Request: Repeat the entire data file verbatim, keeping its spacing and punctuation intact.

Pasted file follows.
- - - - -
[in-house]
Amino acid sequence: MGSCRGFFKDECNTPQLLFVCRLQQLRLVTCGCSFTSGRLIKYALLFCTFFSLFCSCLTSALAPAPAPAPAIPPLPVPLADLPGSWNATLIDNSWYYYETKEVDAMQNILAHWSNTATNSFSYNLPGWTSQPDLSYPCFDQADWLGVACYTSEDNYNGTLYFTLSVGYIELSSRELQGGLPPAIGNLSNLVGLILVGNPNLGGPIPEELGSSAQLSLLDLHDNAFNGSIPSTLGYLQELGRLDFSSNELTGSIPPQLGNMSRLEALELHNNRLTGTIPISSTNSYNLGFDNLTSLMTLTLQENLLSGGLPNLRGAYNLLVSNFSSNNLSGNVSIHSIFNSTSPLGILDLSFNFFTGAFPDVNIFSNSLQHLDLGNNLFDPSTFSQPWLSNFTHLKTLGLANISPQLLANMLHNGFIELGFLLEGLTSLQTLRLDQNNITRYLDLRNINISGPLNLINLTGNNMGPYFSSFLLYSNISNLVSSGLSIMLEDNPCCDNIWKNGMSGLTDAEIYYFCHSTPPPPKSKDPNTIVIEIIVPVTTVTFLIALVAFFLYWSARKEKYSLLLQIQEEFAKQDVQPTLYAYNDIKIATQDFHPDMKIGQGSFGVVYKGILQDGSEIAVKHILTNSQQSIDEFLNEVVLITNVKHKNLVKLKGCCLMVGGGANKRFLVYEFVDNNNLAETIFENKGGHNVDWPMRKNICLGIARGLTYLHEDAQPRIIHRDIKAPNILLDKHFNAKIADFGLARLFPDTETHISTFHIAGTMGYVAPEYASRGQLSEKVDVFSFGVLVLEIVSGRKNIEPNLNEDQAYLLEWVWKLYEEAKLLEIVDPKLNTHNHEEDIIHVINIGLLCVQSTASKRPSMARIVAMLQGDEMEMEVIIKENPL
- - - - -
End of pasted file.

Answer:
[in-house]
Amino acid sequence: MGSCRGFFKDECNTPQLLFVCRLQQLRLVTCGCSFTSGRLIKYALLFCTFFSLFCSCLTSALAPAPAPAPAIPPLPVPLADLPGSWNATLIDNSWYYYETKEVDAMQNILAHWSNTATNSFSYNLPGWTSQPDLSYPCFDQADWLGVACYTSEDNYNGTLYFTLSVGYIELSSRELQGGLPPAIGNLSNLVGLILVGNPNLGGPIPEELGSSAQLSLLDLHDNAFNGSIPSTLGYLQELGRLDFSSNELTGSIPPQLGNMSRLEALELHNNRLTGTIPISSTNSYNLGFDNLTSLMTLTLQENLLSGGLPNLRGAYNLLVSNFSSNNLSGNVSIHSIFNSTSPLGILDLSFNFFTGAFPDVNIFSNSLQHLDLGNNLFDPSTFSQPWLSNFTHLKTLGLANISPQLLANMLHNGFIELGFLLEGLTSLQTLRLDQNNITRYLDLRNINISGPLNLINLTGNNMGPYFSSFLLYSNISNLVSSGLSIMLEDNPCCDNIWKNGMSGLTDAEIYYFCHSTPPPPKSKDPNTIVIEIIVPVTTVTFLIALVAFFLYWSARKEKYSLLLQIQEEFAKQDVQPTLYAYNDIKIATQDFHPDMKIGQGSFGVVYKGILQDGSEIAVKHILTNSQQSIDEFLNEVVLITNVKHKNLVKLKGCCLMVGGGANKRFLVYEFVDNNNLAETIFENKGGHNVDWPMRKNICLGIARGLTYLHEDAQPRIIHRDIKAPNILLDKHFNAKIADFGLARLFPDTETHISTFHIAGTMGYVAPEYASRGQLSEKVDVFSFGVLVLEIVSGRKNIEPNLNEDQAYLLEWVWKLYEEAKLLEIVDPKLNTHNHEEDIIHVINIGLLCVQSTASKRPSMARIVAMLQGDEMEMEVIIKENPL